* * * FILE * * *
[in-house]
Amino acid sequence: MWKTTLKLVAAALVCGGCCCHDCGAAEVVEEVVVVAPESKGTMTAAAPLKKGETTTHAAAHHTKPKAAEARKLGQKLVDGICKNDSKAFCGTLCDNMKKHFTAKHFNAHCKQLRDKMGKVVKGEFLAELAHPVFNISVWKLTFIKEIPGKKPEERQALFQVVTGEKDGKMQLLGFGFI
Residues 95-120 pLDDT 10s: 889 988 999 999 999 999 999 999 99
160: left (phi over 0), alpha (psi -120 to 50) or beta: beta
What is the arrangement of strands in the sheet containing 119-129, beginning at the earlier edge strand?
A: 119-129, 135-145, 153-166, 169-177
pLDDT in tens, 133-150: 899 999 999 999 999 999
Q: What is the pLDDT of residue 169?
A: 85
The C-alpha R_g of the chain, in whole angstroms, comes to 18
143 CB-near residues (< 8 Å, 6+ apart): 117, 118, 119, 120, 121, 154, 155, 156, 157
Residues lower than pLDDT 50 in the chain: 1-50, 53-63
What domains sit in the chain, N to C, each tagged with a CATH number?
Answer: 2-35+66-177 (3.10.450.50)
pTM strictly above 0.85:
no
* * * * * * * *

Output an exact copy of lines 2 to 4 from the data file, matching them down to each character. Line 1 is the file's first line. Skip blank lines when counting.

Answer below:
Amino acid sequence: MWKTTLKLVAAALVCGGCCCHDCGAAEVVEEVVVVAPESKGTMTAAAPLKKGETTTHAAAHHTKPKAAEARKLGQKLVDGICKNDSKAFCGTLCDNMKKHFTAKHFNAHCKQLRDKMGKVVKGEFLAELAHPVFNISVWKLTFIKEIPGKKPEERQALFQVVTGEKDGKMQLLGFGFI
Residues 95-120 pLDDT 10s: 889 988 999 999 999 999 999 999 99
160: left (phi over 0), alpha (psi -120 to 50) or beta: beta